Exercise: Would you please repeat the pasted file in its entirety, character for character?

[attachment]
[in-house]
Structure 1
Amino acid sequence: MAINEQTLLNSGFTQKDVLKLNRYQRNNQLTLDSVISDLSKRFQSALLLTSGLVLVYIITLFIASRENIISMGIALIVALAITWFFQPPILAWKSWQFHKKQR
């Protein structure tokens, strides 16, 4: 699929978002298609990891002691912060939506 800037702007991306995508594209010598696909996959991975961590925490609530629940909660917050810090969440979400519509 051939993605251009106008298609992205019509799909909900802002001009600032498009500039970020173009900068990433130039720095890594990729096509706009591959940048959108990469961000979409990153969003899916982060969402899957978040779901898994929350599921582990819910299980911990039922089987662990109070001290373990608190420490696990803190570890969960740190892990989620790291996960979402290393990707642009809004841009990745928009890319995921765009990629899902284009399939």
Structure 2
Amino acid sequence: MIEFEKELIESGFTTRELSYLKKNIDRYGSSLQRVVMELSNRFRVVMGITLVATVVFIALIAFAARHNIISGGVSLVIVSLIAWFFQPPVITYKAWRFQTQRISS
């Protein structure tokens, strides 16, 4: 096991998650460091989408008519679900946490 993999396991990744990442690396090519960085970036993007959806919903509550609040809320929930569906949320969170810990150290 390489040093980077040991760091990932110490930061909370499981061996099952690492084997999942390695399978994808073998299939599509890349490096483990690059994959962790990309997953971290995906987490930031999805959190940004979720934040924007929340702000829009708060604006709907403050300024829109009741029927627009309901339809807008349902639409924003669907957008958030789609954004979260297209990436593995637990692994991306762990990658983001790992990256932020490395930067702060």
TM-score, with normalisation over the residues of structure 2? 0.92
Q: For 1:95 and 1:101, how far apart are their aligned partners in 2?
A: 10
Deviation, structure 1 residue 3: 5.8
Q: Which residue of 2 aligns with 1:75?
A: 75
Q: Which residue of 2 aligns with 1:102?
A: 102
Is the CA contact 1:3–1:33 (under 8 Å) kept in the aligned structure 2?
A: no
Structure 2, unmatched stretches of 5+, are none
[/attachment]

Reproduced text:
[in-house]
Structure 1
Amino acid sequence: MAINEQTLLNSGFTQKDVLKLNRYQRNNQLTLDSVISDLSKRFQSALLLTSGLVLVYIITLFIASRENIISMGIALIVALAITWFFQPPILAWKSWQFHKKQR
């Protein structure tokens, strides 16, 4: 699929978002298609990891002691912060939506 800037702007991306995508594209010598696909996959991975961590925490609530629940909660917050810090969440979400519509 051939993605251009106008298609992205019509799909909900802002001009600032498009500039970020173009900068990433130039720095890594990729096509706009591959940048959108990469961000979409990153969003899916982060969402899957978040779901898994929350599921582990819910299980911990039922089987662990109070001290373990608190420490696990803190570890969960740190892990989620790291996960979402290393990707642009809004841009990745928009890319995921765009990629899902284009399939």
Structure 2
Amino acid sequence: MIEFEKELIESGFTTRELSYLKKNIDRYGSSLQRVVMELSNRFRVVMGITLVATVVFIALIAFAARHNIISGGVSLVIVSLIAWFFQPPVITYKAWRFQTQRISS
């Protein structure tokens, strides 16, 4: 096991998650460091989408008519679900946490 993999396991990744990442690396090519960085970036993007959806919903509550609040809320929930569906949320969170810990150290 390489040093980077040991760091990932110490930061909370499981061996099952690492084997999942390695399978994808073998299939599509890349490096483990690059994959962790990309997953971290995906987490930031999805959190940004979720934040924007929340702000829009708060604006709907403050300024829109009741029927627009309901339809807008349902639409924003669907957008958030789609954004979260297209990436593995637990692994991306762990990658983001790992990256932020490395930067702060």
TM-score, with normalisation over the residues of structure 2? 0.92
Q: For 1:95 and 1:101, how far apart are their aligned partners in 2?
A: 10
Deviation, structure 1 residue 3: 5.8
Q: Which residue of 2 aligns with 1:75?
A: 75
Q: Which residue of 2 aligns with 1:102?
A: 102
Is the CA contact 1:3–1:33 (under 8 Å) kept in the aligned structure 2?
A: no
Structure 2, unmatched stretches of 5+, are none